Disability Advocate Cristina Rubke Confirmed to SFMTA Board of Directors
3:49 PM PDT on June 5, 2012
Renowned disability advocate and attorney Cristina Rubke was confirmed by the Board of Supervisors today as the newest member of the SFMTA Board of Directors.
Rubke was nominated by Mayor Ed Lee to replace outgoing member Bruce Oka. She was roundly praised by colleagues at a recent Board of Supervisors Rules Committee hearing for her willingness to collaborate and seek an in-depth understanding of various issues, as well as her experience serving on city committees.
Preceding today's unanimous approval by the full board, Supervisor Scott Wiener said "listening to her experiences as a regular rider on the [Muni] system was very compelling."
"I think she understands the importance of continuing to reform our transportation function in San Francisco and make it run better and serve everybody," said Wiener.
Although Rubke "doesn’t necessarily have professional expertise in the area of transportation," said Supervisor David Campos at the Rules Committee hearing, "the reality is that we want someone who has firsthand experience of what it means to be a rider of public transportation."
Rubke, a SoMa resident, told the committee she's ready to delve into the complex issues she would face on the board, including reducing the agency's work order and overtime costs and improving pedestrian safety, while aiming to represent a range of underserved communities.
"As a person in a wheelchair, I am truly dependent on public transit, and welcome the chance to improve it," said Rubke. "Accessibility means more than just a wheelchair ramp, although that's a good start. It means that my grandmother knows she can walk safely through our streets, understand how to buy a transit ticket, she can afford that ticket, and she can figure out how to take different modes of transportation safely."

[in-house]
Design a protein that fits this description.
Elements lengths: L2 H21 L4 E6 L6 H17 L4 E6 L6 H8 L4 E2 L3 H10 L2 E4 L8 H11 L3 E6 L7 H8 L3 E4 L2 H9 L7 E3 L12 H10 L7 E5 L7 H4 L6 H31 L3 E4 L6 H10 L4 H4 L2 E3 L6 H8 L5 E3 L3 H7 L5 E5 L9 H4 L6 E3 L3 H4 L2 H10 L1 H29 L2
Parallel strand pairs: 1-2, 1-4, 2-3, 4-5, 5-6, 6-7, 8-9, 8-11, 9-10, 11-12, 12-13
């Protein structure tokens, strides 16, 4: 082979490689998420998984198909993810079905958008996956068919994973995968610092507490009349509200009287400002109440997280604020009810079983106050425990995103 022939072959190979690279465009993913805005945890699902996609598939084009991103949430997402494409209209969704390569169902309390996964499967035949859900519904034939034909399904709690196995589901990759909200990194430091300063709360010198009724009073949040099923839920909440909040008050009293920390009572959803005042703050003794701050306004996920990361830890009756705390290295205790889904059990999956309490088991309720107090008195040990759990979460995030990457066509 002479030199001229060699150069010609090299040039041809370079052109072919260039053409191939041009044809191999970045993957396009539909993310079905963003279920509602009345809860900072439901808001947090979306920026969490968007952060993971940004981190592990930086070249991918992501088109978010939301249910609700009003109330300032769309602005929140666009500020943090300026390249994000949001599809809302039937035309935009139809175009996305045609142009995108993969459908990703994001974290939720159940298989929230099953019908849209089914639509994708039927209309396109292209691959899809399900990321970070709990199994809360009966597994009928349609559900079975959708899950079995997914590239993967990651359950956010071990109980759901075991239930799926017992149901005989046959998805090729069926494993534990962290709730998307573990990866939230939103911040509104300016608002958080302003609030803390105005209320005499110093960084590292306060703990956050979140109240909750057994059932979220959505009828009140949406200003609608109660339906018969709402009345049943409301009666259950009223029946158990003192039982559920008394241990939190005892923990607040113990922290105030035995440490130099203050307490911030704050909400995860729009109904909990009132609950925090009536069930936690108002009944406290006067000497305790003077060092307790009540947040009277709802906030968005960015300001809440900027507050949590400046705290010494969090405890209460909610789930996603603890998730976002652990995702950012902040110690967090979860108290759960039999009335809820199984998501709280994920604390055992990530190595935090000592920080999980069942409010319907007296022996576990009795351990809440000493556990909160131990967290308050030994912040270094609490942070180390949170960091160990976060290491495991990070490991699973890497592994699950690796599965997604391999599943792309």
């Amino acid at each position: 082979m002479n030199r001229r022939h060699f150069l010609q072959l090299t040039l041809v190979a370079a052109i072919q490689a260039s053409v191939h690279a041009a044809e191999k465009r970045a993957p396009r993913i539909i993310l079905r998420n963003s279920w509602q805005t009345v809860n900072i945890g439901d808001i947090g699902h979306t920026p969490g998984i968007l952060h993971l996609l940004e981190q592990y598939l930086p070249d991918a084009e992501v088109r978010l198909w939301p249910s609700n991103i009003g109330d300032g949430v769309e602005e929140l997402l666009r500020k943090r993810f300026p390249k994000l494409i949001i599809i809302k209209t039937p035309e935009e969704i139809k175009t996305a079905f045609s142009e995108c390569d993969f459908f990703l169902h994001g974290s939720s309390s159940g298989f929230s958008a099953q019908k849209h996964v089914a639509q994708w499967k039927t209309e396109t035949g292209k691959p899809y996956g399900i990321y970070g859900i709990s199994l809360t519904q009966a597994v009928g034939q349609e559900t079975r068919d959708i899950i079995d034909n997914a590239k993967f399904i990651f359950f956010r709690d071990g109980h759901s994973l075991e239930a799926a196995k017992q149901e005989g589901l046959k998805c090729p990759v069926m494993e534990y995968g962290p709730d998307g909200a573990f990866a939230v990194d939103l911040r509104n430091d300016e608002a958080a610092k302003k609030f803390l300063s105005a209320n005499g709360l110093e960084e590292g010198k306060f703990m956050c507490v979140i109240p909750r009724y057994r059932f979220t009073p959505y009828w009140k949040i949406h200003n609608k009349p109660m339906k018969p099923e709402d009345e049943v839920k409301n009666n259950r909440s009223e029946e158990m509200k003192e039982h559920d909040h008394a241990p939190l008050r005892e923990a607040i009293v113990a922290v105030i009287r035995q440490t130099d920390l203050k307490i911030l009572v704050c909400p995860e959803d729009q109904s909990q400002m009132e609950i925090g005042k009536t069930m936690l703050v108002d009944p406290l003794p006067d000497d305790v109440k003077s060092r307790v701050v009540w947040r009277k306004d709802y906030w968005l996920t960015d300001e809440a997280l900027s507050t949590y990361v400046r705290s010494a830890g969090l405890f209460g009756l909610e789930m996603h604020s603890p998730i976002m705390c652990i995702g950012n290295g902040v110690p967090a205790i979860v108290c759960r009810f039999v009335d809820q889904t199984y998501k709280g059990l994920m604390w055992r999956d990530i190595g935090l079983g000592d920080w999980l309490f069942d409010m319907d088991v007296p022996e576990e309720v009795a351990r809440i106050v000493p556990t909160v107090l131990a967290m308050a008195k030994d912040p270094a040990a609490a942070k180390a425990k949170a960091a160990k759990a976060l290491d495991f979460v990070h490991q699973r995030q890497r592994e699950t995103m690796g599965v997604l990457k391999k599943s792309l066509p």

Asked for her thoughts on the SFMTA's proposal to provide free Muni passes for low-income youth, Rubke praised it as a way to "lower barriers" for more riders, and said she looks forward to finding reliable funding for it in the long-term. When Campos asked what she sees as the SFMTA's greatest challenges to improving Muni service, Rubke said she thinks the system is "accessible and very present," but pointed to a lack of resources in "trying to address a complex set of needs."
In response Supervisor Mark Farrell's assertion that Sunday parking meter enforcement would simply be a way for the SFMTA to collect revenue in lieu of cutting costs through better management, Rubke said her "understanding is that parking enforcement is really a parking management issue rather than a revenue-producing issue."
To improve pedestrian safety, Rubke said she'd like to see the SFMTA implement more measures like sidewalk bulb-outs, pedestrian countdown signals, and re-open and mark crosswalks. "I'm primarily a pedestrian... all of us are pedestrians at some point," said Rubke, noting that she was excited by the possibilities of designing a more "livable, walkable" Market Street in her experience on the Better Market Street Citizens Advisory Committee.
SF Bicycle Coalition Community Planner Neal Patel, who served with Rubke on the committee, said he's "impressed with her insight, not only with issues related to accessibility, but issues related to public space, and biking, and transit, and greenery, for that matter." He also noted that she attended last month's Bike to Work Day press conference to hear perspectives on bicycling and "the role that it plays in getting everybody around our city."
"It's that kind of approach -- people that are interested in learning other perspectives," he said, that "improves transportation the most."
Rubke is expected to begin serving on the SFMTA board in the coming weeks.
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